What are the new circumstances – and how might we react to them?
That’s a question that the best of science fiction tackles – the best in the old genre traditions dating back to the thirties and before. And happily, last week.
Due to a chain of coincidence stretching back years, I’ve come into temporary possession of an advance copy of something called Custer’s Last Jump and other collaborations by a fellow named Howard Waldrop. This novelist and short story writer has, as is the fashion among some in this business, done projects with others in addition to alone, and the stories here originate from very recently to up to 25 years ago. For background, he thoughtfully gives space to the collaborators for an afterword as well as to himself for a forward, thus building an explanatory package for each piece. I’ve never met Howard Waldrop but two of his collaborators (via certain obscure fan groups) I do know: Joe Pumilia (unanthologised here but mentioned repeatedly) I know from his Lovecraft parodies with Bill Wallace from as far back as the 1970’s – and a NASA subcontractor named Al Jackson. Waldrop and Pumilia are primarily writers; Jackson is, to paraphrase Waldrop, a wearer of T-shirts that say “Rocket Scientist” who can actually back it up. The existence of the book in question, its assembly by a roundup of quite unusual suspects (some Hugo and Nebula nominees and winners) and the events surrounding its construction form an example of what’s kept me interested in SF: that there’s a cross-pollination between fictional situation construction (writing) and the Real Deal data (science) that, when it occurs, creates milestone stories. Put those high-point tales together with their imitators and you have a genre.
It’s happened again. And again. Take the alternate history angle, an example of which would be Mackinley Kantor’s If The South Had Won The Civil War. Add a few flip-flops in the order of scientific discovery and you get Waldrop and Steve Utley’s Custer’s Last Jump, in which the same personalities of the relevant period have a different technological background against which to act out their parts on the world stage. Utley/Waldrop shuffles the deck of innovations arriving over, say, a 40-year period and such results emerge as
-the existence of rudimentary airplanes and dirigibles at the outbreak of the civil war
-the continuation of Indian nation pacification efforts regardless of whatever else happened
– the possible residual effect of an Indian alliance with the Confederacy against the Union forces
and you get a story of well-known historical struggles being played out in an environment of balloon-based paratroops and Crazy Horse having the chance to get hold of electrically-fired Sharpes repeaters stuck on the wingtips of something like an Avro…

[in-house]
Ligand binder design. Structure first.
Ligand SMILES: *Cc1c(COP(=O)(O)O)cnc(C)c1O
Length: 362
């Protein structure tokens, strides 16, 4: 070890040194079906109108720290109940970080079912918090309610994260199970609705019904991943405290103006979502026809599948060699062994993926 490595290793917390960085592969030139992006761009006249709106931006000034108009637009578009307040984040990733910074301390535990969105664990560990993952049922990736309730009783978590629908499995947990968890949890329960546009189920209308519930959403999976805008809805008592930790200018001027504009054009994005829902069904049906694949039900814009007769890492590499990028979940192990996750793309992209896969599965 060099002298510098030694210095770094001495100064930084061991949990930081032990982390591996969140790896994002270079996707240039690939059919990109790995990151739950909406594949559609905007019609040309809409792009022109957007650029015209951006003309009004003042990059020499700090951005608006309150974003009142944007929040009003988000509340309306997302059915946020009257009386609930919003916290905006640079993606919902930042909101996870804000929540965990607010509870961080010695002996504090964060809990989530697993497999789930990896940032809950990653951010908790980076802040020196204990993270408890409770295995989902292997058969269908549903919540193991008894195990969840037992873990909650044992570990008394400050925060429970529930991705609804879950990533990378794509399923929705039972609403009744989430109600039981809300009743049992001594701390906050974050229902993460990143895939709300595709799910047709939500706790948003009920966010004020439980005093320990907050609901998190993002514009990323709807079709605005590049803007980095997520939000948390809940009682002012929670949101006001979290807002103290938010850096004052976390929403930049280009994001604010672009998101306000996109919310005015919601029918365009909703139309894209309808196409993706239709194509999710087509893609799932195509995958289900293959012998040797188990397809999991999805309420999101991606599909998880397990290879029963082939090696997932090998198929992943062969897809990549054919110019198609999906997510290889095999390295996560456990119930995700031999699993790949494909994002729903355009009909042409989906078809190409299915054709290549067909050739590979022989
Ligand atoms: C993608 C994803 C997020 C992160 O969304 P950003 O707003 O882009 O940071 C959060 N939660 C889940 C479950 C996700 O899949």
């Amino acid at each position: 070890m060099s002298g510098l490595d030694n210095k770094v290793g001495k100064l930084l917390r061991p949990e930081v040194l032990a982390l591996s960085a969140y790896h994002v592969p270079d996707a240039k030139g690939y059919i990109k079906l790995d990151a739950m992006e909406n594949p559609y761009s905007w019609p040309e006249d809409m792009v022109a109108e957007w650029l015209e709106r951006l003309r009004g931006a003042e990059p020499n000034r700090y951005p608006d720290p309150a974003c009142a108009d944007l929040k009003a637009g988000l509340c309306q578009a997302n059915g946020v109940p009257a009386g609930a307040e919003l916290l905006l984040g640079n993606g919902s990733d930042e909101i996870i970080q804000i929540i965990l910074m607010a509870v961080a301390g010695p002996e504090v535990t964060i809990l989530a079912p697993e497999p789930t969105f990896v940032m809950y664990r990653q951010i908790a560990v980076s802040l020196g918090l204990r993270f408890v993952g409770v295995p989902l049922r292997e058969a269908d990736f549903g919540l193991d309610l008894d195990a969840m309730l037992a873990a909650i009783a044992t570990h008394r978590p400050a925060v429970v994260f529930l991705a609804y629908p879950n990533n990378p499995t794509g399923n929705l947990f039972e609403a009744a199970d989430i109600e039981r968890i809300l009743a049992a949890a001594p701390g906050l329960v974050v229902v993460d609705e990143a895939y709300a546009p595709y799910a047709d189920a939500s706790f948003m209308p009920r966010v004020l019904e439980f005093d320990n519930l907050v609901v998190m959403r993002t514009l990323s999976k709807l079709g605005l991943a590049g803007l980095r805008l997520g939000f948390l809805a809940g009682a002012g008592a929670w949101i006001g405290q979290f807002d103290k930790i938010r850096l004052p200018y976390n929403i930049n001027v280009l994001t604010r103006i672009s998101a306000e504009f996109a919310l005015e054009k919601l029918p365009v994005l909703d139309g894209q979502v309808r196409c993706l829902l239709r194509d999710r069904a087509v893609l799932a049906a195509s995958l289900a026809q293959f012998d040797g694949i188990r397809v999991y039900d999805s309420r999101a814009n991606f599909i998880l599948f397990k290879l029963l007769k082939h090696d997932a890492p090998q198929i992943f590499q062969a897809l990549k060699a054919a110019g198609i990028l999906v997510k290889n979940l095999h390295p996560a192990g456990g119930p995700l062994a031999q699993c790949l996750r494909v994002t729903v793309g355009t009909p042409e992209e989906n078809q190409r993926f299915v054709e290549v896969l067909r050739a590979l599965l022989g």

Take the predictive history angle, an example of which would be the D. F. Jones novel Colossus, regarding a single computer entrusted with all national defense functions – which upon activation discovers a cold-war-era analogous machine on the “other side”. Recall that the grand SF idea (at least as understood by me above) is that you take a known capability or group of them and try to see the outcome of the potential uses of said capability. If we can do X, what will it mean in the end? The Jackson collaboration, fueled by Al’s life of empirical discovery, produced the problem of a robotic probe’s realization of its own death (due to an unforeseen nova to which it got too close). Given the capacity for independent goal-directed action on the part of the probe, what solutions might it try to come up with on its OWN? And what if the solution involved the cannibalization of its own resources?
I use the Kantor and the Jones precedents not because of actual similarities but because I’m grasping at anything with which to draw comparisons. I can’t actually say the stories in Waldrop’s collaboration are “like” anything. They’re “unlike” to the point of provoking things in me I’m not sure I’ve felt in a long time. Not all these provocations are pleasant; they sometimes resemble unwelcome surprises courtesy of the evening news. But we need surprises to be truly alive. Here they are.
By the evidence of Custer’s Last Jump, science fiction is back. And never left, if only I’d known where to look. See, I’d wondered if SF had run its course, considering these recent years of fantasy emphasis, let alone Hollywood sequelization. I’d wondered if the people who could make the science connect with the fiction, with one foot in the real and another in the possible were no longer with us. But the difficulty of finding good literature may simply be another example of what radio people might call the “golden hits” effect – that it’s easier to see the hits that have stood the test of time than it is to see a hit amongst all the dreck not yet weeded out. The good will rise to the top, but until it does we have our work cut out for us in finding the good stuff unassisted by history.
If this last is true, SF has a future; it’s simply up to the reader to get back into the race and Waldrop’s one of the runners that just handed us the baton.